Footage kindly supplied by Arup.
Tristram Carfrae was the Project Director for the Beijing Olympics Watercube. He is a leading structural designer from Arup.
Tristram’s particular skills relate to the integration of engineering and architecture to provide the best holistic solution. He has an unswerving commitment to designing better buildings that consume less resource: materials, energy, time and money; yet give more pleasure. He has helped design six structures that have won Special Awards from the Institute of Structural Engineers – among the world’s premier structural accolades.
Spending his working life split between the UK and Australia, Tristram has been involved in numerous groundbreaking design projects. These include the 50,000-seat City of Manchester Stadium, the centrepiece of the 2002 Commonwealth Games. The drama of Manchester Stadium’s form comes from the roof swooping down at each end. Tristram devised a supporting structure based on a main catenary cable, which is held up by forestays gathered together by 12 masts; and held down by four ties, one in each corner.
For the Sydney Olympics, Tristram designed the structures of three venues. The “dome”, as it is affectionately called, for the Royal Agricultural Showground Exhibition Halls is the largest timber structure in the Southern Hemisphere and remains the centrepiece of the RAS. For the Sydney Olympic Tennis Centre, the 24 facets of the Centre Court form a hybrid steel and concrete conical shell using the seating, steel raking beams and a steel tension ring. This is a world first for stadium construction. The Dunc Gray Velodrome is another lattice shell roof, this time a toroidal form spanning 110m by 130m. The use of a toroidal geometry allowed each arch and every connection to be identical.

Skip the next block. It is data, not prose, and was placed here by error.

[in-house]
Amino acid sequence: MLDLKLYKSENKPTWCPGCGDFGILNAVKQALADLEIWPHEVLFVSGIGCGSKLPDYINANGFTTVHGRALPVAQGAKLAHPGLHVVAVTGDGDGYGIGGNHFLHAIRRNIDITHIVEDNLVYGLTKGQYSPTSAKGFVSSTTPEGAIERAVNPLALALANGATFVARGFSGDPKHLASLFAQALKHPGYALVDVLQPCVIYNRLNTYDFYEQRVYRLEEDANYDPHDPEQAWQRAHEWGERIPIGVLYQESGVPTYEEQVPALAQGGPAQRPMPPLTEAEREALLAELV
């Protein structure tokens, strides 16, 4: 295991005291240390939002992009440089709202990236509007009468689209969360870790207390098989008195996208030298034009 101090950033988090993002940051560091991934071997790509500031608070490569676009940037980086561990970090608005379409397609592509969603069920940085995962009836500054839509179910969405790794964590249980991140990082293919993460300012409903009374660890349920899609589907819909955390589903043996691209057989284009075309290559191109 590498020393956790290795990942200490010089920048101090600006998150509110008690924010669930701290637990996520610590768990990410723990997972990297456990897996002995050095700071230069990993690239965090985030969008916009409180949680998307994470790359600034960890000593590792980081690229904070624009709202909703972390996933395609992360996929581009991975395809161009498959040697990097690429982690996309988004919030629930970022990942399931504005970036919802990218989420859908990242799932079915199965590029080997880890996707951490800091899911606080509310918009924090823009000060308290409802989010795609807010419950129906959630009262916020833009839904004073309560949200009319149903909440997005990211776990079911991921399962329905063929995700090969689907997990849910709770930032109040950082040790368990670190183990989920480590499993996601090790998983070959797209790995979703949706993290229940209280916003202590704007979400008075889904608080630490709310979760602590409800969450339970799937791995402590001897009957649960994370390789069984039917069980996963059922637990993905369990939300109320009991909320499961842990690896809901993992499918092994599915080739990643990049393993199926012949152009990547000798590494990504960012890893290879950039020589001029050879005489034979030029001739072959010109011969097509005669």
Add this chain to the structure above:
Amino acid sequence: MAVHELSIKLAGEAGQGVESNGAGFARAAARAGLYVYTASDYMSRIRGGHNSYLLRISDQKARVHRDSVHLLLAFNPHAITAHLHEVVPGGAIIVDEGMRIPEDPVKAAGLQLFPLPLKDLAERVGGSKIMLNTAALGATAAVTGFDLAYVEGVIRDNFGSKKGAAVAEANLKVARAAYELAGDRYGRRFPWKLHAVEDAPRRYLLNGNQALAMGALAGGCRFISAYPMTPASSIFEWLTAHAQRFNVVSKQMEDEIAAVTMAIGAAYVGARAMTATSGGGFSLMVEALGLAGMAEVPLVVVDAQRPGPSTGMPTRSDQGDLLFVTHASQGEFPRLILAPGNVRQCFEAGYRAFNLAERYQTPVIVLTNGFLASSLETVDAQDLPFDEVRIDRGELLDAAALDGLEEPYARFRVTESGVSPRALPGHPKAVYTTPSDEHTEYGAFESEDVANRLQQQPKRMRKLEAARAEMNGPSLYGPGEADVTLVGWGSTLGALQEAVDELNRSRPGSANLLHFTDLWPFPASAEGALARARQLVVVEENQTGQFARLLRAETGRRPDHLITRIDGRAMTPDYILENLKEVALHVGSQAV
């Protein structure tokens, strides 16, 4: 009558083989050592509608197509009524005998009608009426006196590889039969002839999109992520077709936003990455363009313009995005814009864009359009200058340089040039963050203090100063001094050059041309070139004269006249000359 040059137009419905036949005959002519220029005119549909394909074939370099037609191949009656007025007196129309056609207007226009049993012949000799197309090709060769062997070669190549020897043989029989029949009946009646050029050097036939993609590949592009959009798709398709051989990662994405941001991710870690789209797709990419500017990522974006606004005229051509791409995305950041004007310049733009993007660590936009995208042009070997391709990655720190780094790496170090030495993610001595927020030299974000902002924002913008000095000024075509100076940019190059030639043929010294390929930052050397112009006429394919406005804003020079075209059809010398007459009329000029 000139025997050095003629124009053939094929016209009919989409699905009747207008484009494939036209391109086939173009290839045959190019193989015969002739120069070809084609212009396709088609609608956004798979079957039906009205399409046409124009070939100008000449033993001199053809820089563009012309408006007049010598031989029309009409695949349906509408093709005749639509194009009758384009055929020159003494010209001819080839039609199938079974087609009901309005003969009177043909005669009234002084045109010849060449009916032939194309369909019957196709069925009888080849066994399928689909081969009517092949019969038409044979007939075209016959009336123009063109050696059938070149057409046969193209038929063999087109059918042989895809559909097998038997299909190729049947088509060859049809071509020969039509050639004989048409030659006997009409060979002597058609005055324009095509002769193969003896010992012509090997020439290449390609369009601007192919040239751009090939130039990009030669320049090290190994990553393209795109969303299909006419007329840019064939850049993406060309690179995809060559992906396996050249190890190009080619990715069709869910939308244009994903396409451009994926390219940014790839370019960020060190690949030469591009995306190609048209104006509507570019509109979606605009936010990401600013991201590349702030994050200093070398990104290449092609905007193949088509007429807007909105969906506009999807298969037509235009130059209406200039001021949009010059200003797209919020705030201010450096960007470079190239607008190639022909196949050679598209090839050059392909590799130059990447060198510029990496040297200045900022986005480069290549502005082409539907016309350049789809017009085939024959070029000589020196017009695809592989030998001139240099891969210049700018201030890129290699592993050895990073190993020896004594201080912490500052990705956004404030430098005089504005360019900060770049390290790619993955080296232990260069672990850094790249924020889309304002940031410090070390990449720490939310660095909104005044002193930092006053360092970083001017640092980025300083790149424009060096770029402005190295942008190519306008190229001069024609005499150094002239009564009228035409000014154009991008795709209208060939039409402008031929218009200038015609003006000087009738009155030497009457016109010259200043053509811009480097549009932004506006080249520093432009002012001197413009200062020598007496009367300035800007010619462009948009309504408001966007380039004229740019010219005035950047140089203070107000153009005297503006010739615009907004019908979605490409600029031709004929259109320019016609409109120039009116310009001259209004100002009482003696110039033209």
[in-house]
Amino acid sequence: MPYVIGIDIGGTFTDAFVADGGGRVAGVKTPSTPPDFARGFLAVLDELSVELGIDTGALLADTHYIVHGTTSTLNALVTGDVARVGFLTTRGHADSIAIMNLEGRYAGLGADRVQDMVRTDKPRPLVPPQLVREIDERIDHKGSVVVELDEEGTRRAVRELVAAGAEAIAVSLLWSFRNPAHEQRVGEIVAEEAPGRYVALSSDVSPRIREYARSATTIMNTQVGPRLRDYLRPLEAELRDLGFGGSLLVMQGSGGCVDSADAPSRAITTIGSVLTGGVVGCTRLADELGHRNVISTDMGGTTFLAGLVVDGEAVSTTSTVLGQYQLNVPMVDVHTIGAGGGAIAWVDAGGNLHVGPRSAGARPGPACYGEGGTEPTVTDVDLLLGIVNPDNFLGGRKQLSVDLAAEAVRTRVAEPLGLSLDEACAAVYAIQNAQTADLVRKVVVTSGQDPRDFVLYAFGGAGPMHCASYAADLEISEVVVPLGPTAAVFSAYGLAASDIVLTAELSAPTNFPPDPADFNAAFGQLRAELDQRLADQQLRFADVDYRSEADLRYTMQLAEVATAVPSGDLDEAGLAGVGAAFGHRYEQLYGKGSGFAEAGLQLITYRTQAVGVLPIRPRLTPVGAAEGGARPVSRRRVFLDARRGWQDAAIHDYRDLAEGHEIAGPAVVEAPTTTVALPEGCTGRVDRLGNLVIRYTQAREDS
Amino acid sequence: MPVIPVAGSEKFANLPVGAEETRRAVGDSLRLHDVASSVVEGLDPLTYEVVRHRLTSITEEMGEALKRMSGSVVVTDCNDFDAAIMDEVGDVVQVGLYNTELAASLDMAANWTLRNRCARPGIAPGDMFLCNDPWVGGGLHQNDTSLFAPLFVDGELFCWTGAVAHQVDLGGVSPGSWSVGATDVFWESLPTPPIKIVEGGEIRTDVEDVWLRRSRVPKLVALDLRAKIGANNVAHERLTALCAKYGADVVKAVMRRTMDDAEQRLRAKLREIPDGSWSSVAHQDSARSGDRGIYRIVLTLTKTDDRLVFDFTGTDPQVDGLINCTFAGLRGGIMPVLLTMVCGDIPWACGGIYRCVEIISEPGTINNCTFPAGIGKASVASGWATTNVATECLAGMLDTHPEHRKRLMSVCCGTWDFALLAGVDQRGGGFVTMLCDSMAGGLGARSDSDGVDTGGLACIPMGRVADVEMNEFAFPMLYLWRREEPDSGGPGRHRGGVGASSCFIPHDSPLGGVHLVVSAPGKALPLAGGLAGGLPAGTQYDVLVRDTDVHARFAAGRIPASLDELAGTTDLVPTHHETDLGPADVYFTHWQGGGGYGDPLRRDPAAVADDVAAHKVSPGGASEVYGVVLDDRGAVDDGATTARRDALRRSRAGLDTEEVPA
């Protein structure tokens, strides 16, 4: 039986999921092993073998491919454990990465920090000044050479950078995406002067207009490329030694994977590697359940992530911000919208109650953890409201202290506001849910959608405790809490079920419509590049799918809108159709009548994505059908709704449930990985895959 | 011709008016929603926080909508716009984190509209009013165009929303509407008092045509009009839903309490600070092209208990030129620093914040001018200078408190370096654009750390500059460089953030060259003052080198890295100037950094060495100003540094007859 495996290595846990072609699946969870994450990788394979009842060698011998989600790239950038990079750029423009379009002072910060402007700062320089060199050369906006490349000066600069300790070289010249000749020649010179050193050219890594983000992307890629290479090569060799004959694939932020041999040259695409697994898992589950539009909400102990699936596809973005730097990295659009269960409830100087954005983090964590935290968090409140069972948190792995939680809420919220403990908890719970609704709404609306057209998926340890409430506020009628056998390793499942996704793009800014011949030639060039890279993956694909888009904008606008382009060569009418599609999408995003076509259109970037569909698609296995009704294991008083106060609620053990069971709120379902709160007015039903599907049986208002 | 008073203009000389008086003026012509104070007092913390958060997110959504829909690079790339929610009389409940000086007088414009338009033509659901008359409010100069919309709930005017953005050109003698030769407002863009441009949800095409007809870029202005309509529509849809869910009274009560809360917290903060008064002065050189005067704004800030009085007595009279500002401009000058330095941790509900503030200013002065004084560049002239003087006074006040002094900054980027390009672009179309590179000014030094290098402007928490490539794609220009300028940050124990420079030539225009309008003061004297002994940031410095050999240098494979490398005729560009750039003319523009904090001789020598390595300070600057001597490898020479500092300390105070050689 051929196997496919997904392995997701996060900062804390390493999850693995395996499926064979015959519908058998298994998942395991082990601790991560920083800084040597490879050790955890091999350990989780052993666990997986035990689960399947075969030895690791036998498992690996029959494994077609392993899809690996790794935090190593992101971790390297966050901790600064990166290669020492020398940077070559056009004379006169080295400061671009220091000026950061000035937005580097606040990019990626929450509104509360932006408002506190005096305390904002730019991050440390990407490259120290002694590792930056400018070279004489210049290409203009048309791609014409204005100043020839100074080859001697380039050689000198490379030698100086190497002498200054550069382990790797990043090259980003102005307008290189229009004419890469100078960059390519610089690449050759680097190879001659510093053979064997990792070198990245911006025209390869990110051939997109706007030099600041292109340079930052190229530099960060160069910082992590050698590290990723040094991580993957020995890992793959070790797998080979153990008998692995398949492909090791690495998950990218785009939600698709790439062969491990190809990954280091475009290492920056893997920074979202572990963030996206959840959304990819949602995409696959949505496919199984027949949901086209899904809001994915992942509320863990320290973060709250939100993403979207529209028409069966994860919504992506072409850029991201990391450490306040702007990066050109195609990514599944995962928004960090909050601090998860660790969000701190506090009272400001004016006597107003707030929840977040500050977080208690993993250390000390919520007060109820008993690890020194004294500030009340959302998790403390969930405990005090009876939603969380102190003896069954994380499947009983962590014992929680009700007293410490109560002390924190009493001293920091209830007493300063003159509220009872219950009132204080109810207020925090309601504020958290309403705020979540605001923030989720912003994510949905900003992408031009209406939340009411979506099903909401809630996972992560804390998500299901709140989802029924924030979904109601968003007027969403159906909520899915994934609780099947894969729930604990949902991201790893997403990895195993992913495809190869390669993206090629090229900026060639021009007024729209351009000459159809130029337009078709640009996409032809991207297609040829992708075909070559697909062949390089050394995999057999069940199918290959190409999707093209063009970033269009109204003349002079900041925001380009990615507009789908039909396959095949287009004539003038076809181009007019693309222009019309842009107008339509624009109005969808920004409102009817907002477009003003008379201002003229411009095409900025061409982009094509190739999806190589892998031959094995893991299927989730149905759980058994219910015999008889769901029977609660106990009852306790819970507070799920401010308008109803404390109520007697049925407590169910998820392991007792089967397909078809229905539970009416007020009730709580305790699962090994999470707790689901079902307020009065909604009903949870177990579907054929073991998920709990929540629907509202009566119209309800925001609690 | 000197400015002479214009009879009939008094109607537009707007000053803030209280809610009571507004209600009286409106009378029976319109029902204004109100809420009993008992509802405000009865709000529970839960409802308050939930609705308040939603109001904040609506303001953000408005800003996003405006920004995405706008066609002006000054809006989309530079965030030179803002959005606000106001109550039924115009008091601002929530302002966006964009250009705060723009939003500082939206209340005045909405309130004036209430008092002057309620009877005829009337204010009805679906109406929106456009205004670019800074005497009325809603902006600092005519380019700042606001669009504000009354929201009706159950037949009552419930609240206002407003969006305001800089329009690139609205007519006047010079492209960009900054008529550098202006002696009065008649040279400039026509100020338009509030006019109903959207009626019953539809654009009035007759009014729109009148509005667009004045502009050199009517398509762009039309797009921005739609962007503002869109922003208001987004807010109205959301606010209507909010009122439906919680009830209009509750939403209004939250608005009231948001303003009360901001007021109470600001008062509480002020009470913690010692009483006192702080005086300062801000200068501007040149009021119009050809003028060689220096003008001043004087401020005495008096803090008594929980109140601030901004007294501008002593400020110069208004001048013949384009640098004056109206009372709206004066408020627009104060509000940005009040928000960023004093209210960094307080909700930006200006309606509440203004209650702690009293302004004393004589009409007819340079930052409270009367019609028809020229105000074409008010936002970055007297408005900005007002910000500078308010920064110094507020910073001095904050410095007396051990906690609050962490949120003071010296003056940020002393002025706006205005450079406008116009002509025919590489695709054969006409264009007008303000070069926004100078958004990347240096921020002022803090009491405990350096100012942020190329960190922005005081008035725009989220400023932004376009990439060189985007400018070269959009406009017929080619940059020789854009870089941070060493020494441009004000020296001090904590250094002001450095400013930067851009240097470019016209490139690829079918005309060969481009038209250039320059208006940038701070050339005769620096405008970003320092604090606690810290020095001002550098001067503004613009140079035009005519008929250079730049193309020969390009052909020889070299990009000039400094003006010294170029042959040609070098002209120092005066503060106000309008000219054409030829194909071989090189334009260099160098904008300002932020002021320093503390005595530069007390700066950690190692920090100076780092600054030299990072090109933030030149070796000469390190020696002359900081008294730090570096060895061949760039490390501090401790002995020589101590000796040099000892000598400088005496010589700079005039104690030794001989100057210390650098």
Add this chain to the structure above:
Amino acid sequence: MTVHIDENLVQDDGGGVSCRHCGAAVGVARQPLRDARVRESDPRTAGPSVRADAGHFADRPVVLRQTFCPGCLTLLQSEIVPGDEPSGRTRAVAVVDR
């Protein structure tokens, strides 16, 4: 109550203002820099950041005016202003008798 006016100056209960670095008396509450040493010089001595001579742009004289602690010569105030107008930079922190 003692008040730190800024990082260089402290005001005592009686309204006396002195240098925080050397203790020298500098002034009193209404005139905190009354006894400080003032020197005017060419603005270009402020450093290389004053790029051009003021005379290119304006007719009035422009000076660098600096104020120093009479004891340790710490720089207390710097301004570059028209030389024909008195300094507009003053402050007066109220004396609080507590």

Probably the most outstanding of Tristram’s achievements so far is his work on the Beijing National Swimming Centre, designed for the 2008 Olympic Games. Tristram led the Arup team responsible for the engineering of this innovative project, affectionately known as the Water Cube. Tristram’s design for the structure of the Centre is based on the most effective sub-division of three-dimensional space – the fundamental arrangement of organic cells and the natural formation of soap bubbles.